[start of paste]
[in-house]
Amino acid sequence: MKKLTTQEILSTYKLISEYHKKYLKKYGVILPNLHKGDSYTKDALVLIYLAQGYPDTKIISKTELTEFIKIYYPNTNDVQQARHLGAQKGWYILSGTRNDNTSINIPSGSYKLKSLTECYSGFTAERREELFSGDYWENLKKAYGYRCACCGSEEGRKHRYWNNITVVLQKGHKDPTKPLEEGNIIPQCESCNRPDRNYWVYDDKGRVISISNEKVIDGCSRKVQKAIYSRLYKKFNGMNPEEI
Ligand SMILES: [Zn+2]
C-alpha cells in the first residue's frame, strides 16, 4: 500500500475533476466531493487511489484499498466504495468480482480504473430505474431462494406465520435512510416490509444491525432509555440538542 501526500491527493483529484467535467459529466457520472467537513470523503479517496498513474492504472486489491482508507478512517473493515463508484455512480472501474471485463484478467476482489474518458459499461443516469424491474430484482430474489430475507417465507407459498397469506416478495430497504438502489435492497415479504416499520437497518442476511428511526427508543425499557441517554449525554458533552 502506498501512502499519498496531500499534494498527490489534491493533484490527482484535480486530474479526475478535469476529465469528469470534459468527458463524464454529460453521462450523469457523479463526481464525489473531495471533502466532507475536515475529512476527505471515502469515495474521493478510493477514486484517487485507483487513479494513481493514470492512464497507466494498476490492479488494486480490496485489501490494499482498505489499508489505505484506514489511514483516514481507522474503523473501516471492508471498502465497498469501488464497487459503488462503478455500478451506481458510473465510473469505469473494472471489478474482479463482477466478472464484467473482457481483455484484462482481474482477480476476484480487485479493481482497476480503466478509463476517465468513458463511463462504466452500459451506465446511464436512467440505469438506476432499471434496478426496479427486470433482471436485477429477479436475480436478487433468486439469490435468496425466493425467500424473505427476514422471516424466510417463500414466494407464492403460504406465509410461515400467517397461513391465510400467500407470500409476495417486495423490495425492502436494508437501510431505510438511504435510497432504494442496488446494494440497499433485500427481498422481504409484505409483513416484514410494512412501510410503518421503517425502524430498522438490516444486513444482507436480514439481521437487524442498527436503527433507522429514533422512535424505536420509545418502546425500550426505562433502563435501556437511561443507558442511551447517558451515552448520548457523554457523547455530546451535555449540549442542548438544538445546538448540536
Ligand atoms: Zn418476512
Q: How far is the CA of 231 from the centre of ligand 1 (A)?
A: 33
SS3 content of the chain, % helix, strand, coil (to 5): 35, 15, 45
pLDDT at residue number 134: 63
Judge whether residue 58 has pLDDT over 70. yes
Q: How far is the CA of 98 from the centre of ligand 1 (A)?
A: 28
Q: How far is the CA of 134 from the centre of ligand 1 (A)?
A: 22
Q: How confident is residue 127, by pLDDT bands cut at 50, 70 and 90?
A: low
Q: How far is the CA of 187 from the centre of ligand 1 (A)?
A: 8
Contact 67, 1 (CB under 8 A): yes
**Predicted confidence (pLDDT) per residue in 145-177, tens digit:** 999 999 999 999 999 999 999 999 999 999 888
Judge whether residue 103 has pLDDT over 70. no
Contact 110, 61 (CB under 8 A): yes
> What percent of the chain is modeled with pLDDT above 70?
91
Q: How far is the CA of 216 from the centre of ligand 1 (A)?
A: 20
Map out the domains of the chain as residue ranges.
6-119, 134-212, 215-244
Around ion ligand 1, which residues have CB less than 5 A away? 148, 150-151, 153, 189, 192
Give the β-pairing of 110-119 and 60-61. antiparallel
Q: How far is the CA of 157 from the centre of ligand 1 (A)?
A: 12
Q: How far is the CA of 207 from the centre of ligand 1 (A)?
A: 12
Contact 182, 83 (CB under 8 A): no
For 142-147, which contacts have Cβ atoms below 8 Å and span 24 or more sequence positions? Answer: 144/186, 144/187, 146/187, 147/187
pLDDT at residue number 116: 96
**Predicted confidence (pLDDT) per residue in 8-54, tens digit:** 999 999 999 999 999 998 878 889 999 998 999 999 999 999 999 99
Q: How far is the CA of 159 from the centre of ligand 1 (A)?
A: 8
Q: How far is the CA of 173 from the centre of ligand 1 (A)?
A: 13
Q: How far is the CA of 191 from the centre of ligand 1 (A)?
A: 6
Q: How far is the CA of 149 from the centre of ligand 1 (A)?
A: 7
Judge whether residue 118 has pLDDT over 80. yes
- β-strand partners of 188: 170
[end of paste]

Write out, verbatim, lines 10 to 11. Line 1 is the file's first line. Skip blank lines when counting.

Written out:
Judge whether residue 58 has pLDDT over 70. yes
Q: How far is the CA of 98 from the centre of ligand 1 (A)?